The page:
How Much Car Insurance Coverage is Enough?

In December of 2016, we wrote about the various types of car insurance.  Today, we are focusing on why it’s important to make sure you have enough insurance.

The amount of your policy limits under your liability insurance is the maximum amount of money your insurance company will pay on your behalf if someone files a claim against you for personal injury.  This can be a claim that never goes to suit or it can be a lawsuit that has been filed.

Maryland requires you to carry liability insurance of at least $30,000.00 per person and $60,000.00 per incident ($30,000/$60,000).  Your options for liability insurance can range from the minimum, up to $250,000/500,000.  These limits can vary depending on the insurance carrier.  The per person limits are the most that any single person can recover from the accident and the per incident amount is the most your policy will pay out in total.  So, if an accident injures 4 people and you have policy limits of $250,000/$500,000, the total amount of money that can be paid out is $500,000.00, but no matter how serious any single person’s injuries are, they cannot recover more than $250,000.00 from your policy.

So, how much is enough?  Even relatively minor accidents where the injured party only receives conservative treatment can involve thousands of dollars in medical bills. The law allows an injured party to recover all of their economic damages, (usually medical bills and lost wages).  Additionally, they can recover non-economic damages too (pain and suffering).  A policy with limits of $30,000/$60,000 can be exhausted very quickly.

What happens if you find out after a claim has been filed against you, that you don’t have enough insurance?  You will not be able to purchase a policy that will retroactively apply.  Assume you have a policy with limits of $30,000/$60,000, the case goes to trial and a verdict is returned in favor of the injured party for $50,000.00.  How is the extra $20,000.00 paid?  There are a couple of possibilities.  If the injured party has enough underinsured motorist coverage, their policy will pay it.  However, their insurance company has the right to sue you to recover any money they pay to their insured.  Another possibility is that the injured party can enforce the excess verdict against you personally.  They can garnish your wages, attach a lien on your property and utilize any number of procedural tools to enforce the judgment.  This may also force you into filing for bankruptcy.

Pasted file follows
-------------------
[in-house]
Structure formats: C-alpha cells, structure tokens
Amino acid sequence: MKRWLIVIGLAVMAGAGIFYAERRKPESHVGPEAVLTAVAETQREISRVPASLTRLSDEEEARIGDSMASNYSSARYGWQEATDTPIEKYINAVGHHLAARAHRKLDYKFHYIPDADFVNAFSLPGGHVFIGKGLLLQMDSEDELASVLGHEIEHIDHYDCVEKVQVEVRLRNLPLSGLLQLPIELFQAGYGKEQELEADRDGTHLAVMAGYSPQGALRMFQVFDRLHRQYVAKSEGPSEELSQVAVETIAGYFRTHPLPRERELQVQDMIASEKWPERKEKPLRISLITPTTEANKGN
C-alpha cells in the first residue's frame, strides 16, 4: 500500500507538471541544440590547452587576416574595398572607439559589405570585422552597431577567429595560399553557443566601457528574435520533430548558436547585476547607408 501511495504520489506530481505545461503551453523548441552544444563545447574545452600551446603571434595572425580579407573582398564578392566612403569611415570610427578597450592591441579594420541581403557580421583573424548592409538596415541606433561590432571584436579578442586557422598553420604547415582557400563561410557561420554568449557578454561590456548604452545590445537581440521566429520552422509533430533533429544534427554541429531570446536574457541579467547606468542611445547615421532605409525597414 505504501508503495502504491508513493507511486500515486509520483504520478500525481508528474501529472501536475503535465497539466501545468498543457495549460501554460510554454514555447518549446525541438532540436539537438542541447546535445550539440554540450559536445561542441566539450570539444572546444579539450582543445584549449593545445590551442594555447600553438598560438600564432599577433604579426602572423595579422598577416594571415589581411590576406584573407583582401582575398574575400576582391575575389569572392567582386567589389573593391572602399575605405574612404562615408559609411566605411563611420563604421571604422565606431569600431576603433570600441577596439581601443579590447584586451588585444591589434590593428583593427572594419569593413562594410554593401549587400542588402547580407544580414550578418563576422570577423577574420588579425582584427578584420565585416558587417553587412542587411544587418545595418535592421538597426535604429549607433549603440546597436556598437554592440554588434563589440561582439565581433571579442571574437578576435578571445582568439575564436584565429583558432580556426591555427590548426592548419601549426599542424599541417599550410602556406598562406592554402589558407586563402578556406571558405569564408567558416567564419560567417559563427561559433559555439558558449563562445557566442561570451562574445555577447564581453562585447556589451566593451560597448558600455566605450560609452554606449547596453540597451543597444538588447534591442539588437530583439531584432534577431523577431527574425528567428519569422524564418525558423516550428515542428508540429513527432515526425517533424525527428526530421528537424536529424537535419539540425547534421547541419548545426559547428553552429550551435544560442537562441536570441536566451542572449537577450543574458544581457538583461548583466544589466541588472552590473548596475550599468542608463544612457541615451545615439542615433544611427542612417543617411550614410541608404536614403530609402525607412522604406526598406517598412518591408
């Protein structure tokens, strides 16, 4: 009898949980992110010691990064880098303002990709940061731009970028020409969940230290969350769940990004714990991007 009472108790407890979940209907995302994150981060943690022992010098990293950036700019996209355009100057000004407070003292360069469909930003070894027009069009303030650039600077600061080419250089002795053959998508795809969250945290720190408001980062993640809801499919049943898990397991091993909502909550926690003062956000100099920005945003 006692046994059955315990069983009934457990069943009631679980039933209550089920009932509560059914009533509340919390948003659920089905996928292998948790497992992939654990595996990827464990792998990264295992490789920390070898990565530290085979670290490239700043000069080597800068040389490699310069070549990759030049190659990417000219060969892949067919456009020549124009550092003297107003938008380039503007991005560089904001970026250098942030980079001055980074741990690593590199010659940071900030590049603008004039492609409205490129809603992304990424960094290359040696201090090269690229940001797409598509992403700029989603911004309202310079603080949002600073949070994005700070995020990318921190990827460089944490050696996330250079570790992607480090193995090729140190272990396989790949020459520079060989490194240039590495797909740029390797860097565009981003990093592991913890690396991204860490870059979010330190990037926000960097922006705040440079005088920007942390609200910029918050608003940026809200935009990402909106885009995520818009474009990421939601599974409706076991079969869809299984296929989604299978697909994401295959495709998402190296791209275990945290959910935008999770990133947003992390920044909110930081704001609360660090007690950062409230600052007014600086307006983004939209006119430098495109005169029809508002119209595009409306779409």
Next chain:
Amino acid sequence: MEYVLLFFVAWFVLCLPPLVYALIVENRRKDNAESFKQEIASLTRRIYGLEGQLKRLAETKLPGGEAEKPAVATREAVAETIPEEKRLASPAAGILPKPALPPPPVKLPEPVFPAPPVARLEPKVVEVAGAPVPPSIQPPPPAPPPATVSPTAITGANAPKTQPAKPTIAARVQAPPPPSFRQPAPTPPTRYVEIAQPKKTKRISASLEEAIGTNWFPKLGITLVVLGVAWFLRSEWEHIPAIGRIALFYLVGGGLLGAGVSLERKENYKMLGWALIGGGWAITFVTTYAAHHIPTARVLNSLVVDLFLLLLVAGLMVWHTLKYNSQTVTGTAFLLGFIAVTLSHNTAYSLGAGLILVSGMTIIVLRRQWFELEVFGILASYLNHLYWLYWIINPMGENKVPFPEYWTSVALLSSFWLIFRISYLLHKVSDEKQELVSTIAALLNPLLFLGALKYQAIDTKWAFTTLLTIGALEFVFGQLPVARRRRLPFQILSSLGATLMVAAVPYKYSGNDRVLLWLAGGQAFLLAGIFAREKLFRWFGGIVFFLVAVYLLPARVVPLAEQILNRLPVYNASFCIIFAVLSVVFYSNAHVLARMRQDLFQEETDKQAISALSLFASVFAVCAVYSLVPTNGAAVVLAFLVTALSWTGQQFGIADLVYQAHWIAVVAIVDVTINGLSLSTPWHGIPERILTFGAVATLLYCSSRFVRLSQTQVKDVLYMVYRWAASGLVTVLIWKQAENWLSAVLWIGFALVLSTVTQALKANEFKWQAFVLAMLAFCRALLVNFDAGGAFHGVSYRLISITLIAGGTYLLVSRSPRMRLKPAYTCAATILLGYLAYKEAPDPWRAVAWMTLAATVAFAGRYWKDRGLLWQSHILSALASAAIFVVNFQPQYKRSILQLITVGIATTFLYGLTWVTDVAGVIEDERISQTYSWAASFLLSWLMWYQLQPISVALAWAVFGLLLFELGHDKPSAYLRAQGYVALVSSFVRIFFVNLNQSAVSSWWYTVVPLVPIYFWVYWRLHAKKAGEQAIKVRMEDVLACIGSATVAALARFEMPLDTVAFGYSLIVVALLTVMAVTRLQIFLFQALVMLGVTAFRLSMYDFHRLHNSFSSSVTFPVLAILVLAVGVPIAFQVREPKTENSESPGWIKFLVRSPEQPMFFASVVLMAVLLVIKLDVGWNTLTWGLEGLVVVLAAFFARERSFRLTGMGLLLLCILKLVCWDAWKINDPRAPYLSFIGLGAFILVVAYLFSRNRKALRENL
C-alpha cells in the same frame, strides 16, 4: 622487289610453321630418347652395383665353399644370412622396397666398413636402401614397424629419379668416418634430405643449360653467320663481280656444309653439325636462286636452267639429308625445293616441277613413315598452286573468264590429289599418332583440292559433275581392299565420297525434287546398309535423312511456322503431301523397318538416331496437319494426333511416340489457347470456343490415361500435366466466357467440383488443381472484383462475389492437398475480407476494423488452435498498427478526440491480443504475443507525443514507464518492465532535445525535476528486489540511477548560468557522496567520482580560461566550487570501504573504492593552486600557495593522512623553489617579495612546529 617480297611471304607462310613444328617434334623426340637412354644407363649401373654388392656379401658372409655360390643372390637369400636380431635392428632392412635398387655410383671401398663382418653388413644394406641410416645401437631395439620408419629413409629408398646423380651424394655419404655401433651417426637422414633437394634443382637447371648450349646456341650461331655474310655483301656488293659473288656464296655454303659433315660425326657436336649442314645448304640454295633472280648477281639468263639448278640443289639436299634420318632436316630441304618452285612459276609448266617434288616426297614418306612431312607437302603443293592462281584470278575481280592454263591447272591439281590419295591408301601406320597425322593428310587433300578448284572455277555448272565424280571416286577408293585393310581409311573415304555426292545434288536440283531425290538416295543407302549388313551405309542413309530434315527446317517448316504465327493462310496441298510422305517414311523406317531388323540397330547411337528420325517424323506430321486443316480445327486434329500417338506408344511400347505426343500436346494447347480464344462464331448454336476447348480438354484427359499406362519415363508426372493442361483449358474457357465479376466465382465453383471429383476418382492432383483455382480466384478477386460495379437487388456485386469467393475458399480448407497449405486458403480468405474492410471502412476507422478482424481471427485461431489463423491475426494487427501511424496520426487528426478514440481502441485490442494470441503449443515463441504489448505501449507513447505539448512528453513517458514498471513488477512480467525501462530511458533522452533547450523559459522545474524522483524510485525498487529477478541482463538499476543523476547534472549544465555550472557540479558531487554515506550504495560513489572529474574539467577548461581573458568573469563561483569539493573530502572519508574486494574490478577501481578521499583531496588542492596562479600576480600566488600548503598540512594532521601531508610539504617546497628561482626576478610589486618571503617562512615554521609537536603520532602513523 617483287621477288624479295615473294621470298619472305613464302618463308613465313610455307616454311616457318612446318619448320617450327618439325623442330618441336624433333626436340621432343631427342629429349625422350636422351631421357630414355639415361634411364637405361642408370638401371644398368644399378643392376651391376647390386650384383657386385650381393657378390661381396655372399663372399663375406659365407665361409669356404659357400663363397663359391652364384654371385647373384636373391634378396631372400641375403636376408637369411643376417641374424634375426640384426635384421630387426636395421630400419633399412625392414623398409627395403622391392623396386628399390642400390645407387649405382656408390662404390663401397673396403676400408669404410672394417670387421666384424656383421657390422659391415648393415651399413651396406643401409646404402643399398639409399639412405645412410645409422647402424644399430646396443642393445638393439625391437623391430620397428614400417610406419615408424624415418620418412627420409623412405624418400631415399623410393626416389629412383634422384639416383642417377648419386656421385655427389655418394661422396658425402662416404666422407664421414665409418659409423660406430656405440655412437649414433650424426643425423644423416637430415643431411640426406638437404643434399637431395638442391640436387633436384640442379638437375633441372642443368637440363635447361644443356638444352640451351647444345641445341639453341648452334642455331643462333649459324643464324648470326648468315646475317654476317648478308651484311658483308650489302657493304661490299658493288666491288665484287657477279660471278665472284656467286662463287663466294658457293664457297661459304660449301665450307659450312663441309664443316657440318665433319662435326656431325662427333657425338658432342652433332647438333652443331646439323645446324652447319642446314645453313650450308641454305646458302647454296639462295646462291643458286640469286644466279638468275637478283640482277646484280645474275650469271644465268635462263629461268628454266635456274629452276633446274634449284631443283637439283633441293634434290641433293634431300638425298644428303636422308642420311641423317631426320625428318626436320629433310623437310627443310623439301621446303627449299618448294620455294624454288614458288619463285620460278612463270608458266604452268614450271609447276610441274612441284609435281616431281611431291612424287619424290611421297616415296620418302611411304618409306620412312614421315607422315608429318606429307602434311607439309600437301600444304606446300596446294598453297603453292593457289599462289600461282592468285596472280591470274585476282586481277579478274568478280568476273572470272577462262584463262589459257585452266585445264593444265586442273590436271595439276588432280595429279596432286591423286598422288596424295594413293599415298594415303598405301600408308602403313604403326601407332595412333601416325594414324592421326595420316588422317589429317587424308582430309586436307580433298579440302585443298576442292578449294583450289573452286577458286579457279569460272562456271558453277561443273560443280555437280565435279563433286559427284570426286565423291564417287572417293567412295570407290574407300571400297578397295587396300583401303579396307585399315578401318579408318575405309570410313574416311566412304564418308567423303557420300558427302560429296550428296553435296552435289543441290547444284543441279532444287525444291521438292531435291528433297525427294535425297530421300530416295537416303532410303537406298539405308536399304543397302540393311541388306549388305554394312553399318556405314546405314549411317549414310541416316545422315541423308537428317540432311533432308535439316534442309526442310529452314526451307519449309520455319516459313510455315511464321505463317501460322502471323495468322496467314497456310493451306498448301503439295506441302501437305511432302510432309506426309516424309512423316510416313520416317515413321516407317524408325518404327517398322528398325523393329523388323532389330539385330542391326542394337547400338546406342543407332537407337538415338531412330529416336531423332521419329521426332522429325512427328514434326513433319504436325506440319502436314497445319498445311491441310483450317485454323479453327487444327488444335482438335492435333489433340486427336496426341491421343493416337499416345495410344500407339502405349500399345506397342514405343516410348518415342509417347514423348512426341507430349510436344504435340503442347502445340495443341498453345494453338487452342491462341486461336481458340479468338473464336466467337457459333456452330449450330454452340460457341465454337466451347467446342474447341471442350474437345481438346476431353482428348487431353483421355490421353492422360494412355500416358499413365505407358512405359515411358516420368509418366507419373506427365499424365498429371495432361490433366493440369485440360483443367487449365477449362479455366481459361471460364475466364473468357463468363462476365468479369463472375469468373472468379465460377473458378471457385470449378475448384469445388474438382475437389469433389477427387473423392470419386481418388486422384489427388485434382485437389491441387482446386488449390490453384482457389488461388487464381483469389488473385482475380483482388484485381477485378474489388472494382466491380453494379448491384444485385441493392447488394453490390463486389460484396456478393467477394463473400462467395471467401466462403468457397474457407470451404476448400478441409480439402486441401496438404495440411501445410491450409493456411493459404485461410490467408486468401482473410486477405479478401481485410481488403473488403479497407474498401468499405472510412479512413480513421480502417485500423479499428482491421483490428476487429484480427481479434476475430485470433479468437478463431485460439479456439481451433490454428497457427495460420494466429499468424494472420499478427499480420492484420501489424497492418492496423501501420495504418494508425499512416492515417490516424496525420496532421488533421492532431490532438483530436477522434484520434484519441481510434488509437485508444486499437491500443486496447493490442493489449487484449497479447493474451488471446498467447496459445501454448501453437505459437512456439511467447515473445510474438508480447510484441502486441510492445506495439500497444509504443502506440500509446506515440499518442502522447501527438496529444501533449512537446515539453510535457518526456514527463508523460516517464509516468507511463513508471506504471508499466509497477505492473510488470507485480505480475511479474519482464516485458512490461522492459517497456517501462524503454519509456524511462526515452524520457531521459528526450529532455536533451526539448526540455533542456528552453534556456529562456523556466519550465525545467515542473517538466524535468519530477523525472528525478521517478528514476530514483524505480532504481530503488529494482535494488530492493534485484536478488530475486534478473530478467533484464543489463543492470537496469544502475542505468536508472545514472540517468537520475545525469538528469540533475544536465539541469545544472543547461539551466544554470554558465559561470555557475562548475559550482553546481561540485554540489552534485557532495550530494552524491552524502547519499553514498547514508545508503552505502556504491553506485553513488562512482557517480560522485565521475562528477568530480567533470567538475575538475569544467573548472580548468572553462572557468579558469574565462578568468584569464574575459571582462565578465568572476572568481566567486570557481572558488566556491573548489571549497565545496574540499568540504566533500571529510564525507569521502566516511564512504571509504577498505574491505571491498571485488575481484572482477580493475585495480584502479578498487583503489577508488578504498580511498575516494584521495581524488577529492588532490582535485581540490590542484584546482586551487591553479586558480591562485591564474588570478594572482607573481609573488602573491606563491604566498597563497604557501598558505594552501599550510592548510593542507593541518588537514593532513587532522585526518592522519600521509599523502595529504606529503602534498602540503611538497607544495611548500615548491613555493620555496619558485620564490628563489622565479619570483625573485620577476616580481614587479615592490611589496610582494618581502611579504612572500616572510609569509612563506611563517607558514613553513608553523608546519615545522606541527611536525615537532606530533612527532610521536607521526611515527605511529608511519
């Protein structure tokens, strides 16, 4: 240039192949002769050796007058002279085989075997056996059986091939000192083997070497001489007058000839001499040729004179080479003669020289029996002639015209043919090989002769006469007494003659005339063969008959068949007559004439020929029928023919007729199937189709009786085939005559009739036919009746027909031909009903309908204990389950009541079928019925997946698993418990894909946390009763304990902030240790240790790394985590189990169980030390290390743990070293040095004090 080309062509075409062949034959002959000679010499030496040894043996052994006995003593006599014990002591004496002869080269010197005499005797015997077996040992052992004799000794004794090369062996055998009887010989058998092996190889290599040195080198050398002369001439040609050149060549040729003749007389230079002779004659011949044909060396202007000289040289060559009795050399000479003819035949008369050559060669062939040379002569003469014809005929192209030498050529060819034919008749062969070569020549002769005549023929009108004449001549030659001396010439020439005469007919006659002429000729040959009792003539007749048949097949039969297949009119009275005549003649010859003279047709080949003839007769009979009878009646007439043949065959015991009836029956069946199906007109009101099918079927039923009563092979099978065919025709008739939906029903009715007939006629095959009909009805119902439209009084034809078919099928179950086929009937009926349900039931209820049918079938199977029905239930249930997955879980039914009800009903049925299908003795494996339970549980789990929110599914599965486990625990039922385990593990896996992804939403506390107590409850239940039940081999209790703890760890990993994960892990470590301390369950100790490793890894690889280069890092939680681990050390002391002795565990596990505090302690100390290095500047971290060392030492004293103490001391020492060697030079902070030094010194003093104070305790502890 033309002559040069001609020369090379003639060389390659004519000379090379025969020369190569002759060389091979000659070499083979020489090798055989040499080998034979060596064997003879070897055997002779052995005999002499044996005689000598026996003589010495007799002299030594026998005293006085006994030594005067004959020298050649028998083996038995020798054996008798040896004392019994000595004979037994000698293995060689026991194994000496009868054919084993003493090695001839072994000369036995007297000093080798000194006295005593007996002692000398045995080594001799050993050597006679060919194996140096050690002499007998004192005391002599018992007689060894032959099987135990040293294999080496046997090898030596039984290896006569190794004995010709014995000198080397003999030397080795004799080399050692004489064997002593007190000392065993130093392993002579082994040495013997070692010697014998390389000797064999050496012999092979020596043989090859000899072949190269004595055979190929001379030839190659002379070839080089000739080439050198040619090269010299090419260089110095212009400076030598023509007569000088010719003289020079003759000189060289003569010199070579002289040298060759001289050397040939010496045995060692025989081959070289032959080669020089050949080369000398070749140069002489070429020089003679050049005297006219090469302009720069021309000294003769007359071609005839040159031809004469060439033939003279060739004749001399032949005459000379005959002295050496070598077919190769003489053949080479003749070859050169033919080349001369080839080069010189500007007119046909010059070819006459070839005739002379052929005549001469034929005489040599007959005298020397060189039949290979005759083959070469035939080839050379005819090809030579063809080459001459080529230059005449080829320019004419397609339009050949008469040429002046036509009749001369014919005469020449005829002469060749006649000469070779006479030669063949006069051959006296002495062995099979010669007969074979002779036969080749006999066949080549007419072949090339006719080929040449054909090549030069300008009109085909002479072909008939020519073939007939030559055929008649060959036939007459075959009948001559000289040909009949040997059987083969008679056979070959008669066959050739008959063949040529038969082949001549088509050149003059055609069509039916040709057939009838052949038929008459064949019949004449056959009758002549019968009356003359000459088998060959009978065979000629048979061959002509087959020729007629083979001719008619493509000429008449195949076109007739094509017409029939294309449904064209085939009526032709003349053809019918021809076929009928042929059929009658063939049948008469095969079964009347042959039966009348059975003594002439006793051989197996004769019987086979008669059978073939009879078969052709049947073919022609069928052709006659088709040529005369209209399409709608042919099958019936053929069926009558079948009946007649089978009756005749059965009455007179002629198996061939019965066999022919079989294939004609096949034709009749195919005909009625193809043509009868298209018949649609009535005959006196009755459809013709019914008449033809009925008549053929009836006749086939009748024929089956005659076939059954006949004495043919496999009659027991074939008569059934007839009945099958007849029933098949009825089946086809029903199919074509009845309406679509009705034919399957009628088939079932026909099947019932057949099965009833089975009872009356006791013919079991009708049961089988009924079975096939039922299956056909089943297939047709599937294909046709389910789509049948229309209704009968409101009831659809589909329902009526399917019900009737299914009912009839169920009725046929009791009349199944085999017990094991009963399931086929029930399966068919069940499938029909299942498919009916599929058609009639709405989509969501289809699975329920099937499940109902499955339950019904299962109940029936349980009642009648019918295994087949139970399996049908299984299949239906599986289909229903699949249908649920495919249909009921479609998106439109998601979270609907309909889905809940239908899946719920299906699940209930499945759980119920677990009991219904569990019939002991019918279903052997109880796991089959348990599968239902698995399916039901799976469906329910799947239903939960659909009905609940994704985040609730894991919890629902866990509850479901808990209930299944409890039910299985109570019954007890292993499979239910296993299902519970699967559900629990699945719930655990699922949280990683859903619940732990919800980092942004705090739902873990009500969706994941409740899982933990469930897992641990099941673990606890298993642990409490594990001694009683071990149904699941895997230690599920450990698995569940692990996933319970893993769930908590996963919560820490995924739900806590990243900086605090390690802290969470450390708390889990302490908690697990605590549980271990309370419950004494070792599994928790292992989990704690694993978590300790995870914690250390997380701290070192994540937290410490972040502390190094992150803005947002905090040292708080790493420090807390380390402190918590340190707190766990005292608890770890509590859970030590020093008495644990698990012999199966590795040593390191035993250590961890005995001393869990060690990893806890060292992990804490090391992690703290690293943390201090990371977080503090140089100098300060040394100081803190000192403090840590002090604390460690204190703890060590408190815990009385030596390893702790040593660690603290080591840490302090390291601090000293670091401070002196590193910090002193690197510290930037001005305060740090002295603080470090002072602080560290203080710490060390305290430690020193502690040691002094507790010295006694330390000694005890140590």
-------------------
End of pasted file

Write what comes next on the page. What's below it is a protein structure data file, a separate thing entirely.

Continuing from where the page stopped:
Your policy limits can also impact the amount of coverage available to you and your family if you are injured by someone who is uninsured or underinsured.  We’ll discuss this in more detail in our next blog post.

In addition to increasing your policy limits, it may also be worthwhile to purchase an umbrella policy as well.  This is a policy that kicks in additional coverage when your primary coverage is exhausted.  Call your insurance company or agent to discuss what policy limits are appropriate for you.



Salary History is Becoming History

Some states and cities are banning questions about salary history as part of an effort to ensure pay equity for women.  However, some companies argue that this is another example of government meddling with private businesses.

The primary argument in favor of finding out a candidate’s salary history is to help determine if a candidate’s salary needs are above the employer’s range.  This  helps to avoid wasting the candidate’s time and as well as the employer’s  time.   However, the response to that argument is that this issue can be avoided by simply including a salary range in a job posting or telling a job candidate early in the process what the salary range is.

Currently, Philadelphia, New York City and Massachusetts, have passed legislation barring employers from asking candidates about their salary history.  These laws are scheduled to take effect in New York later this year and in Massachusetts in July 2018.  However, Philadelphia is holding off on enforcing the new law pending a ruling by a federal judge on a petition filed by the Chamber of Commerce for Greater Philadelphia to block the new law.  A federal court already issued a temporary stay on the law, which was supposed to become effective on May 23, 2017.

There are at least eight other states that are considering similar legislation:  Illinois, Maine, Maryland, New Jersey, New York, Pennsylvania, Rhode Island and Vermont.